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Thoughts about the relationships between transport and the urban area it serves

Archive for December 14th, 2008

Air board adopts strict rules on diesel exhaust

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Thanks to reader Andy in Germany for reminding me about this report in the San Francisco Chronicle.

To control exhaust emissions you have to tackle the problem from two directions – the fuel and the engine it is burnt in.  These new rules refer to the engines. And I am here quoting from the CARB Press Release

The Air Resources Board today adopted two critical regulations directly aimed at cleaning up harmful emissions from the estimated one million heavy-duty diesel trucks that operate in California. Beginning January 1, 2011, the Statewide Truck and Bus rule will require truck owners to install diesel exhaust filters on their rigs, with nearly all vehicles upgraded by 2014. Owners must also replace engines older than the 2010 model year according to a staggered implementation schedule that extends from 2012 to 2022.

BC could, if it wanted to, adopt stricter vehicle emission regulations, but it is unlikely to, as the same howl of protest would be heard from the truckers. Exactly why they think their need to make money trumps our need to keep our lungs working properly is probably something that will not get discussed either.

BC is already planning to ensure that children playing in schoolyards are exposed to as much diesel particulate as possible. Of course the EA for the SFPR glossed over the issue – but we do know that exposure to diesel exhaust (which is a human carcinogen) drops off the further you are from the centre line of a highway. With amazing arrogance, the proponents of the SFPR simply ignored the primary schools that are adjacent to, or a block or two away from, the road. They also state that increased health impacts expected to result from the increased truck traffic and its exhaust are also good for the economy since they create more work for our doctors and hospitals.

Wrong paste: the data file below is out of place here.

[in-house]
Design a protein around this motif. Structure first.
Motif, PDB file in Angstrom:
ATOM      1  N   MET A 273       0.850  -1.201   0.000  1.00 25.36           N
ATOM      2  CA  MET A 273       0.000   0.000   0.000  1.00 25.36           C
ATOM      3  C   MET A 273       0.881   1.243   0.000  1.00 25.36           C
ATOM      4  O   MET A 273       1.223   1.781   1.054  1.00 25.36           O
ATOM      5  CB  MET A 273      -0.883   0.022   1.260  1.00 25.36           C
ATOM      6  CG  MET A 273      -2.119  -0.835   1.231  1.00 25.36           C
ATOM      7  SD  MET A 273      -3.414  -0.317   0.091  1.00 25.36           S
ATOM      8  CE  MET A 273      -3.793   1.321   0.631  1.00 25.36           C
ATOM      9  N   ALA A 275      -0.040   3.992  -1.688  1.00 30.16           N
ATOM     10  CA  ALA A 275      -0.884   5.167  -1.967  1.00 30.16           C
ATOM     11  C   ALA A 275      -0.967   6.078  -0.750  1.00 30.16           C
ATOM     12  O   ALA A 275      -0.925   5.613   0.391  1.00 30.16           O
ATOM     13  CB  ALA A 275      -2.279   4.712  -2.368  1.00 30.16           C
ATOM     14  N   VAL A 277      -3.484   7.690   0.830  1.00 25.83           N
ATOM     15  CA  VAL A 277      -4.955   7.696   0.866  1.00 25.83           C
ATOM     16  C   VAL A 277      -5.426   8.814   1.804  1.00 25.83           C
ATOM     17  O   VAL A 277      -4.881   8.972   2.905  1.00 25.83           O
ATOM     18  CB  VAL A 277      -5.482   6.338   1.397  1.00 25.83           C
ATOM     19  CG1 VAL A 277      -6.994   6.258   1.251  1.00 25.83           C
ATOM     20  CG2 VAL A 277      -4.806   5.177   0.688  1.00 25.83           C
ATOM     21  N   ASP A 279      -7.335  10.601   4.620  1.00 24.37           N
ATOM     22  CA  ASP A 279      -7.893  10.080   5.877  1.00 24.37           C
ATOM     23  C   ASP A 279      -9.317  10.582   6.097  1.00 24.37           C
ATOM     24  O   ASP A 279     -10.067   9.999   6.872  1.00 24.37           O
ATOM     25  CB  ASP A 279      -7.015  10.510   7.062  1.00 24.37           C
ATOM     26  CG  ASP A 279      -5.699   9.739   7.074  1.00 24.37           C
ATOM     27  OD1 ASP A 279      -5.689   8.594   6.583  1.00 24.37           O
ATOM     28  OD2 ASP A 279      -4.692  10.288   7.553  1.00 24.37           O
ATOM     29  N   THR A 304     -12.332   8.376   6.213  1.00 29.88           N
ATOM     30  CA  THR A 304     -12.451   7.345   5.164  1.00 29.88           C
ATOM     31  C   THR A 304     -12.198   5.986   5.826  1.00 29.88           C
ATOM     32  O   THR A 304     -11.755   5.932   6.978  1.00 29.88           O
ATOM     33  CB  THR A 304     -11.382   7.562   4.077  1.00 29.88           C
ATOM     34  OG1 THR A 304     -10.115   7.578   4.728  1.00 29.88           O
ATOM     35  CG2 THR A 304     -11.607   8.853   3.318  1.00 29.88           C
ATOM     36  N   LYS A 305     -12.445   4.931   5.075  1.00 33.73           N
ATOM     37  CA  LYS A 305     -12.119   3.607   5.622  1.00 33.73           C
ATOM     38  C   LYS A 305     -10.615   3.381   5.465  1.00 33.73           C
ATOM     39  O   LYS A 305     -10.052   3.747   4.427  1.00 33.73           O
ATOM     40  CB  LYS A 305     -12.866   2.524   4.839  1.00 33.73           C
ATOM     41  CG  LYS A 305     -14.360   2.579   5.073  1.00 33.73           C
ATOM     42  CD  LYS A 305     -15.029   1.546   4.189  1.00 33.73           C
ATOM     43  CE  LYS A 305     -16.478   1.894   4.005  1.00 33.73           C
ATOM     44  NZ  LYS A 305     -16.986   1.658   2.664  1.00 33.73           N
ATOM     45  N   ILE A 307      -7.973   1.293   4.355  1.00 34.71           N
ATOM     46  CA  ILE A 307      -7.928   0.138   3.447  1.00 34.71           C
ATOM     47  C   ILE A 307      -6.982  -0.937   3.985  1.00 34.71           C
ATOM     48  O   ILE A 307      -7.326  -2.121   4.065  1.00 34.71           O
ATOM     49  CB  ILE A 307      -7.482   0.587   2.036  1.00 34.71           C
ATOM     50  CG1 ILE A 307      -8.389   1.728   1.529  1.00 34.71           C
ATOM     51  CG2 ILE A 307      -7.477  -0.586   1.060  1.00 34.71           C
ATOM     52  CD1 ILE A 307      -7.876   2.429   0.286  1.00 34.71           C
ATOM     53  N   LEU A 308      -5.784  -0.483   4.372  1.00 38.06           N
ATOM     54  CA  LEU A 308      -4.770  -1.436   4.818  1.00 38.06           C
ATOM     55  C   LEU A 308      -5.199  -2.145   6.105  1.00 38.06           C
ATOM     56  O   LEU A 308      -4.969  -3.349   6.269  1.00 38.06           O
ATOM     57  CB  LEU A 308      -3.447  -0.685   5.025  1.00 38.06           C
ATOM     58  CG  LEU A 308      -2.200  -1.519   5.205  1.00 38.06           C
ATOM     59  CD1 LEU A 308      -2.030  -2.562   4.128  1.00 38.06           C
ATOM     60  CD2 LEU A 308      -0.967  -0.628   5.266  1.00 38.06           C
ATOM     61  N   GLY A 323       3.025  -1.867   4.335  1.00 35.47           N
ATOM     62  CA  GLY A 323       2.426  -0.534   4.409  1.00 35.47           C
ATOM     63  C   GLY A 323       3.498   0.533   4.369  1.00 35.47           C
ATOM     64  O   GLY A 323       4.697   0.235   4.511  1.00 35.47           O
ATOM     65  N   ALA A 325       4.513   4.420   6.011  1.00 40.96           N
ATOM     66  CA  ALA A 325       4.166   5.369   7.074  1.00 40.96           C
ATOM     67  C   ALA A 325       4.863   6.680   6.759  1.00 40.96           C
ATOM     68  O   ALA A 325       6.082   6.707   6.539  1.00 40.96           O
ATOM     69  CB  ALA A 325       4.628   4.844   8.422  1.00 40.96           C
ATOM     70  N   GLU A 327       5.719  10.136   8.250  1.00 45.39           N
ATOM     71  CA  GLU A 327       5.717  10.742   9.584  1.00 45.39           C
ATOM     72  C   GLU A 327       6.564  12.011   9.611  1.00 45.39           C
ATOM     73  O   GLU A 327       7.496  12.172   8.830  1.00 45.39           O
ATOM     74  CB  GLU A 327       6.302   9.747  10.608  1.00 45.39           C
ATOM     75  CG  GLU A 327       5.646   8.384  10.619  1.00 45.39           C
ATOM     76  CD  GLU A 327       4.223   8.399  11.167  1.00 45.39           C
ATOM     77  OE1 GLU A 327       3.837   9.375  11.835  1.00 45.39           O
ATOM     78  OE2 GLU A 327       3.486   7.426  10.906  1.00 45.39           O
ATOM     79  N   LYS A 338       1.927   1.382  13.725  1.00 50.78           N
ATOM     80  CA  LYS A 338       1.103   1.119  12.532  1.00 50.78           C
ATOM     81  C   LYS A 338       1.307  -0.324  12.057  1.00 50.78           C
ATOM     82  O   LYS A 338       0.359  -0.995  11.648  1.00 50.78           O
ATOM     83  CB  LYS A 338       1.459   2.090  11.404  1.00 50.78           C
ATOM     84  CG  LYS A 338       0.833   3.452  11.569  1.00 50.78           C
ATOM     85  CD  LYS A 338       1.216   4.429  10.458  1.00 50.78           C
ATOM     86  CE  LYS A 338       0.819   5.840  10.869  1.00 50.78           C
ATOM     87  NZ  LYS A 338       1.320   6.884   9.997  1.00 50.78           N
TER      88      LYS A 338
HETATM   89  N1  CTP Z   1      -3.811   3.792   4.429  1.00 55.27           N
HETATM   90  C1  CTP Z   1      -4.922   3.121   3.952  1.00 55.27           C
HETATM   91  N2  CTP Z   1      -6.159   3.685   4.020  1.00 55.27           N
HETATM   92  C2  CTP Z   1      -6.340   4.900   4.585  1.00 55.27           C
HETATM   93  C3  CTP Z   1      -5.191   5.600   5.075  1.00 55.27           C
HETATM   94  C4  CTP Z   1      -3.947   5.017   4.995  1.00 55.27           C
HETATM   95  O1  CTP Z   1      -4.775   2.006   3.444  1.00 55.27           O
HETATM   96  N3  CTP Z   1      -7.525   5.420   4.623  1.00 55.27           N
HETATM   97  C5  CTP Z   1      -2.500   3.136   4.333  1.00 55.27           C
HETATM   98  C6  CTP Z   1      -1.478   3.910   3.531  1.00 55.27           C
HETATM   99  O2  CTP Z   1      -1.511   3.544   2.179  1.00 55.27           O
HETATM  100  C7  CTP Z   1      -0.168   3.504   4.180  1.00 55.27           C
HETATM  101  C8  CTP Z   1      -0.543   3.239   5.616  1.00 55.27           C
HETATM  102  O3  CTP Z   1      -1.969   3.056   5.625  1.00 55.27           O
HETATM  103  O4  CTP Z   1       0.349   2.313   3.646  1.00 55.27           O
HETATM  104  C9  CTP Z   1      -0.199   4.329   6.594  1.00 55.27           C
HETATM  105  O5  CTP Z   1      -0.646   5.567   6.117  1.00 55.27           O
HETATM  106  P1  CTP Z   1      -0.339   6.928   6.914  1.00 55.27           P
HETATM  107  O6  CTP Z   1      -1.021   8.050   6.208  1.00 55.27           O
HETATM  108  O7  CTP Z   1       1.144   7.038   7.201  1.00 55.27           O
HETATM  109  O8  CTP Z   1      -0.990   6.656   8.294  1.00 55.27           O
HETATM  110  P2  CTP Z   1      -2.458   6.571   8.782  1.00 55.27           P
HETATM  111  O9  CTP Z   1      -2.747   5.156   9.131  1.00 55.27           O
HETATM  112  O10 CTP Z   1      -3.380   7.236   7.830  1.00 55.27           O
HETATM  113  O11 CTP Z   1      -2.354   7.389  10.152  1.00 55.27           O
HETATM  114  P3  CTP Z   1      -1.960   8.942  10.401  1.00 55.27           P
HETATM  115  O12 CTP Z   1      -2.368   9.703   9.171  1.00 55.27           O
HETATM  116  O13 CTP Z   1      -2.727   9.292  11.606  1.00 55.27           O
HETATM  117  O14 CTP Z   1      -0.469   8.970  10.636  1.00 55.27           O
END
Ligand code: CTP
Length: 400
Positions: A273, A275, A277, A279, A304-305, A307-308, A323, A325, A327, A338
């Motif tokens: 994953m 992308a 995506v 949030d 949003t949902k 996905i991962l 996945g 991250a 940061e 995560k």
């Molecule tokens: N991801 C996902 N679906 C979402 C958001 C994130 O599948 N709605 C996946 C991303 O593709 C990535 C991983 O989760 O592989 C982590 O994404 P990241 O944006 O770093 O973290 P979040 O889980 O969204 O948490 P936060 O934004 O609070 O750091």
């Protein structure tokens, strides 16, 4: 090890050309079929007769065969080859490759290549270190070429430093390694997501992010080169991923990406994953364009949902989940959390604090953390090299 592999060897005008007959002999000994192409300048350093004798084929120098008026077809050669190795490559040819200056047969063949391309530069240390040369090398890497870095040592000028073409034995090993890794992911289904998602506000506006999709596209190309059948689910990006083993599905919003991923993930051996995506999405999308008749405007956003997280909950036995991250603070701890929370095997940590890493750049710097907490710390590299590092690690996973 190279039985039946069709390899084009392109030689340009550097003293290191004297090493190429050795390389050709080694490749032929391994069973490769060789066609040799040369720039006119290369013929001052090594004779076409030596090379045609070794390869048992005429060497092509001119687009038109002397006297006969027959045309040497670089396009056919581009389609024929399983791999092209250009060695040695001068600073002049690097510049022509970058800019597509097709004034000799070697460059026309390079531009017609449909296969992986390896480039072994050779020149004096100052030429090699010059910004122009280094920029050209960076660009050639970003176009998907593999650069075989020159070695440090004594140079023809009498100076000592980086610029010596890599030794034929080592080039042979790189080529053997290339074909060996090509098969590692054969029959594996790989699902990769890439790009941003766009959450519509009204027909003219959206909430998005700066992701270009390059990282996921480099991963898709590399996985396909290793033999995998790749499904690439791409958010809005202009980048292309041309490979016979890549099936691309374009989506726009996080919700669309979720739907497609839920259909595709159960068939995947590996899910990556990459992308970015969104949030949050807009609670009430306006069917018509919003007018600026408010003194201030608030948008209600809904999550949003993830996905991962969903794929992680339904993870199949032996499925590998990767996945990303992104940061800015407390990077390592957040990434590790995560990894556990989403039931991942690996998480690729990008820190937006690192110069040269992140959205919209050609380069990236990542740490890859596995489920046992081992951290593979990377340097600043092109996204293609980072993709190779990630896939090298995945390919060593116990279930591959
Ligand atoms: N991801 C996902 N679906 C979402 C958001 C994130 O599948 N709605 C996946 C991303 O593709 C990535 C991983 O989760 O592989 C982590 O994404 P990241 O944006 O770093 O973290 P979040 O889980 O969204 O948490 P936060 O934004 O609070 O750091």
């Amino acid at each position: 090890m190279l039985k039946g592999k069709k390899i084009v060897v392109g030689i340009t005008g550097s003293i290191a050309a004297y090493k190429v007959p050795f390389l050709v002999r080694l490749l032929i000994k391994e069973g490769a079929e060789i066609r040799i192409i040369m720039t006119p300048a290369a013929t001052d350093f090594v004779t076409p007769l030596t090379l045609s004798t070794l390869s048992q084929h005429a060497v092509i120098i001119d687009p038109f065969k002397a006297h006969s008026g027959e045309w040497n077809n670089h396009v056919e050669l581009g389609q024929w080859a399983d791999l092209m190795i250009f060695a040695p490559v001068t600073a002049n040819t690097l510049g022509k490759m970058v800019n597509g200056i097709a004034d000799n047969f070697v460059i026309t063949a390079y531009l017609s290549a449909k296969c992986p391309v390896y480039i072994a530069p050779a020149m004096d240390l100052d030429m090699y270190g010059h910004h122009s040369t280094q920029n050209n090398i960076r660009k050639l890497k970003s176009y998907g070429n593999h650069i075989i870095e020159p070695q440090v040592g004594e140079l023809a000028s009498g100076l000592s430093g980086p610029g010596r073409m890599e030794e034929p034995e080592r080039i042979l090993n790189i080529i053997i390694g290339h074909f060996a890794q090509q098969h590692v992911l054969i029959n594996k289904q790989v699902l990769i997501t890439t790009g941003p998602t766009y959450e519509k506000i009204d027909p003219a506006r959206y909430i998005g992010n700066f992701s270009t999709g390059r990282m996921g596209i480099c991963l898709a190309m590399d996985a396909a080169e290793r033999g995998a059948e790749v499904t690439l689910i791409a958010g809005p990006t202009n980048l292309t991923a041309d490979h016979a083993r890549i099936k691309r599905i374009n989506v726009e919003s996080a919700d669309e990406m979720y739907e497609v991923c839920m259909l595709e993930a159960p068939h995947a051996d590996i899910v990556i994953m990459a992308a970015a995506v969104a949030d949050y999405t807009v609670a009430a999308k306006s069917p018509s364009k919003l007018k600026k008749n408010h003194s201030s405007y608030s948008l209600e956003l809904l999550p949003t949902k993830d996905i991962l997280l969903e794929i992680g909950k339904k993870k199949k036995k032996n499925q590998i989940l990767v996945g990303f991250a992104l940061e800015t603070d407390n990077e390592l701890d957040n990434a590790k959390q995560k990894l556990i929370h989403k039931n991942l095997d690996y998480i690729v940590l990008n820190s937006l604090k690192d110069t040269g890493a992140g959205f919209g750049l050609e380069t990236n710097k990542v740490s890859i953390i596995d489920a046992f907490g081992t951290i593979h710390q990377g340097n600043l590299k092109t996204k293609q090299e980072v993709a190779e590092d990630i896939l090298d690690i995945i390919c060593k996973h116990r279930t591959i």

Under NAFTA, most regulations of this kind are supposed to be coordinated – so that the US, Canada and Mexico have the same set of rules. This is so that trade may be facilitated. It has nothing whatever to do with concerns that the health of the citizens of these countries should be protected. As usual its a race to the bottom. California is to be applauded for taking a principled stand and providing some much needed leadership. Again.

Air board officials estimate that the rule will save the lives of 9,400 people between 2011 and 2025. A related study by UC Berkeley and Harvard researchers concluded that truck drivers and dockworkers who breathe diesel soot on the job have higher rates of lung cancer and death than other workers.

Eventually, the rest of the US and Canada will fall into line, kicking and screaming along the way. That is what has nearly always happened with regulations of this kind since nowhere else has a body quite like CARB.

We used to have a body here called the Lower Fraser Valley Air Quality Advisory Committee that used to discuss these issues. It didn’t make rules – or even press all that hard for new ones. Even that got chopped.

Written by Stephen Rees

December 14, 2008 at 3:22 pm

Posted in air pollution

Transit police fare-evasion blitzes catch bigger fish, too

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I found this today on the Financial Post but the story is taken from The Province.

This is the important bit:

Forty-two people were booked there for fare evasion in the one-hour blitz by 21 officers and two SkyTrain staffers on Thursday afternoon – an average of one evader for every 61 riders.

Or to put it another way, less than 2% of riders were evading payment. A pretty impressive result – and one which is consistent with experience across the system over time.

Estimates of revenue loss are higher than 2% – but that is all they are. Estimates. Someone without a ticket is not likely to be an especially reliable source on the number of zones they have travelled – or intended to travel – or how often they do that.

This is a typical random sampling – and there are differences at different places, times of day and days of the week.  But it shows that there is, once again, absolutely no case for barriers and gates. Which also fail to catch “others wanted for more serious offences”

Written by Stephen Rees

December 14, 2008 at 2:57 pm

Posted in Fare evasion